Sarkar says that if the BICEP2 experiment has seen B-mode polarization, “they do not know if this is cosmological in origin, with momentous implications for gravitational waves from inflation or just foreground”. The BICEP2 researchers discount the latter option by cross-correlating what they see with the best available models of the galactic foreground. “However, these models do not include the new source of foreground we have identified. [BICEP2] have not made their sky maps public so we cannot check if what they have seen correlates with these foreground structures – one of which crosses the very region of the sky they looked at,” says Sarkar. It remains to be seen whether Sarkar’s findings will nullify BICEP2’s claim of having seen primordial gravitational waves, or if the foreground ultimately does not affect the finding.
More frequencies needed
“My greatest worry about the BICEP2 results is that the measurement is made at a single frequency, 150 GHz. In order to be convinced that the signal is cosmological, rather than arising from a foreground source, I would need to see it confirmed by other measurements at different frequencies,” says Peter Coles, a physicist at the University of Sussex who was not involved in the new work. He explains that a truly cosmological signal would look the same irrespective of frequency, while a foreground emission would be frequency-dependent. “The question should be asked whether the radiation pattern in the part of the sky observed by BICEP2 correlates with measurements at different frequencies, such as those observed by Planck. If the answer to this is ‘yes’, then that is more evidence that BICEP2 may have measured polarized emission from galactic dust rather than from the Big Bang.”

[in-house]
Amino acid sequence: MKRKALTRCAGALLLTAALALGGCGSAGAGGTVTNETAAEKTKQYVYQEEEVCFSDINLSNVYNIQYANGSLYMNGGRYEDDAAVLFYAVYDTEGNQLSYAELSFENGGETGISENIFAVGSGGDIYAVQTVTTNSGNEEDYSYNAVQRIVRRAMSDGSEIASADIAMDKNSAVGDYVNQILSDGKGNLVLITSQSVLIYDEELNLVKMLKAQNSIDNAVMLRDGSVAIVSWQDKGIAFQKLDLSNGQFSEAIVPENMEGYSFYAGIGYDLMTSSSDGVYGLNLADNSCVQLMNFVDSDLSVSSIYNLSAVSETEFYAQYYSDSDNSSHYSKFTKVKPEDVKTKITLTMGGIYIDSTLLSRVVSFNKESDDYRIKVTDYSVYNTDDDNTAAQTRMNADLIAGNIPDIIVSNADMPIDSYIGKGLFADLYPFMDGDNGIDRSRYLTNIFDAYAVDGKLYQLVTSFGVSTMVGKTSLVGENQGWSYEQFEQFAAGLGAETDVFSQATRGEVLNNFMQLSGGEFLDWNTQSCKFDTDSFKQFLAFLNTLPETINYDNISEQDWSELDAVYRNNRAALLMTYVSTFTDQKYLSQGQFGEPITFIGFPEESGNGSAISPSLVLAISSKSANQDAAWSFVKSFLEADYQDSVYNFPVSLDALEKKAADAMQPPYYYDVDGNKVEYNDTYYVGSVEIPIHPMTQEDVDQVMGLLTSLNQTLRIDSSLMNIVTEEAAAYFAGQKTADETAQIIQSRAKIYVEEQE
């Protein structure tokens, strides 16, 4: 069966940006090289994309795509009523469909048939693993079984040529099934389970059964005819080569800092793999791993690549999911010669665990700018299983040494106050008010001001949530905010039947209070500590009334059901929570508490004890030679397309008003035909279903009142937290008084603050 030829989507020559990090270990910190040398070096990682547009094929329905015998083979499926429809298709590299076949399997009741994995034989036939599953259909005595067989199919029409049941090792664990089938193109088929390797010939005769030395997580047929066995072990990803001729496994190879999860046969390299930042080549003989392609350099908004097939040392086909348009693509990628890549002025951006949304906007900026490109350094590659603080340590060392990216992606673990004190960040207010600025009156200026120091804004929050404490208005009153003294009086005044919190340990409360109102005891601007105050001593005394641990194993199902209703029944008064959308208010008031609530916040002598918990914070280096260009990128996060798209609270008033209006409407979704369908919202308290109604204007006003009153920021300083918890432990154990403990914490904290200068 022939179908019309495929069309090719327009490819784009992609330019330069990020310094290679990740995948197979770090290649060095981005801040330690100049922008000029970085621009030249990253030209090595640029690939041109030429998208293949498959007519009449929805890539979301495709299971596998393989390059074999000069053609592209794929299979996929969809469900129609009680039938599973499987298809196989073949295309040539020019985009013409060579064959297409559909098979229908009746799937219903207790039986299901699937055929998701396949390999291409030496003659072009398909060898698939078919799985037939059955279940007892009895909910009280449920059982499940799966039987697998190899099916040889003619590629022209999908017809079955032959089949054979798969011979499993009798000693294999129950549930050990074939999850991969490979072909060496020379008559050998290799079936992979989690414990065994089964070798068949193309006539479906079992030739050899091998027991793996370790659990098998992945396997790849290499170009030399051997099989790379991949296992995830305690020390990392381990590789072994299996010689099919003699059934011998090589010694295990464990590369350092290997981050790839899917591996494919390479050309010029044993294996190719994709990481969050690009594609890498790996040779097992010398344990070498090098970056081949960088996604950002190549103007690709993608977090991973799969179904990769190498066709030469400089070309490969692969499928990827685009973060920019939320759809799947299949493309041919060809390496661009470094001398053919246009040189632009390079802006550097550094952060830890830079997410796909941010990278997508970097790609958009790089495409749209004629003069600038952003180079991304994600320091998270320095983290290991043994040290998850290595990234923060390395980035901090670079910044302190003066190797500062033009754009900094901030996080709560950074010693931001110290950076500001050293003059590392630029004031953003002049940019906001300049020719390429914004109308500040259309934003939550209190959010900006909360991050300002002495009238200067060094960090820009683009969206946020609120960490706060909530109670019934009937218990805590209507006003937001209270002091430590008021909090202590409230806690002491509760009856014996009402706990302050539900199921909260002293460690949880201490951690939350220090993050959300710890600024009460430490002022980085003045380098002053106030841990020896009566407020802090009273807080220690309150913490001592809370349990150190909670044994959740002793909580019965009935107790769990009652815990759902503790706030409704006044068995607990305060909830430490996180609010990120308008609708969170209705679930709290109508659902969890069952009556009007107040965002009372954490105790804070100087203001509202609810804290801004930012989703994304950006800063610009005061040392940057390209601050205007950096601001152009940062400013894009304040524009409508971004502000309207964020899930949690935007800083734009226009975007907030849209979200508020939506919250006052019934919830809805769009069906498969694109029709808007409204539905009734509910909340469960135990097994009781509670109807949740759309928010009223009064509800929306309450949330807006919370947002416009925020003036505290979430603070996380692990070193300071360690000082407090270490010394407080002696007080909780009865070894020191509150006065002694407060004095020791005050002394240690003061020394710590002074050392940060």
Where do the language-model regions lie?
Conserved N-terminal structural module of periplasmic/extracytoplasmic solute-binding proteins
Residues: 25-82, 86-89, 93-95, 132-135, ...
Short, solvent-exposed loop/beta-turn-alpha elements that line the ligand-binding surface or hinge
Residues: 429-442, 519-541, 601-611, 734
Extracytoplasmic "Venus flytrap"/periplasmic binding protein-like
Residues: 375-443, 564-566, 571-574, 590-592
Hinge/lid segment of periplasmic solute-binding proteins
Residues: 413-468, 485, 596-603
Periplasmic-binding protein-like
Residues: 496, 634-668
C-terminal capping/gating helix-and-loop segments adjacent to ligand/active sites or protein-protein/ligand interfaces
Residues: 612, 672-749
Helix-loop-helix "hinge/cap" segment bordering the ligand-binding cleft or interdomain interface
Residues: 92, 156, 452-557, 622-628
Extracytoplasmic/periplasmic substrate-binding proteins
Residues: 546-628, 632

David Spergel of Princeton University in the US, who was also not involved with Sarkar’s research, says that the radio-loop emission is weak enough to not be a “significant contaminant” in the WMAP and Planck temperature maps. “However, since the polarization signal is less than 100th of the temperature signal, these subtle effects are much more important for analysis of the polarization data,” he says.
While Sarkar’s recent paper on the work only considers WMAP data, he told physicsworld.com that the same structures are also seen in the public Planck maps. “In my view, the community has been rather uncritical in accepting [BICEP2’s] claim without waiting for the essential cross-checks, such as whether the same signal is seen at several different frequencies, and independent confirmation by Planck,” says Sarkar.
Fortunately, Sarkar, Coles and Spergel all agree that all eyes are now on the upcoming polarization data from the Planck satellite, which should clarify the situation within the year. “Planck has polarization measurements across the whole sky at multiple frequencies, so it will provide both a detailed characterization of galactic emission and should hopefully also confirm the BICEP2 results and show convincingly that the emission is cosmological,” says Spergel.
The research is described in a preprint on the arXiv server.
Update: The paper has been published in the Astrophysical Journal – Letters.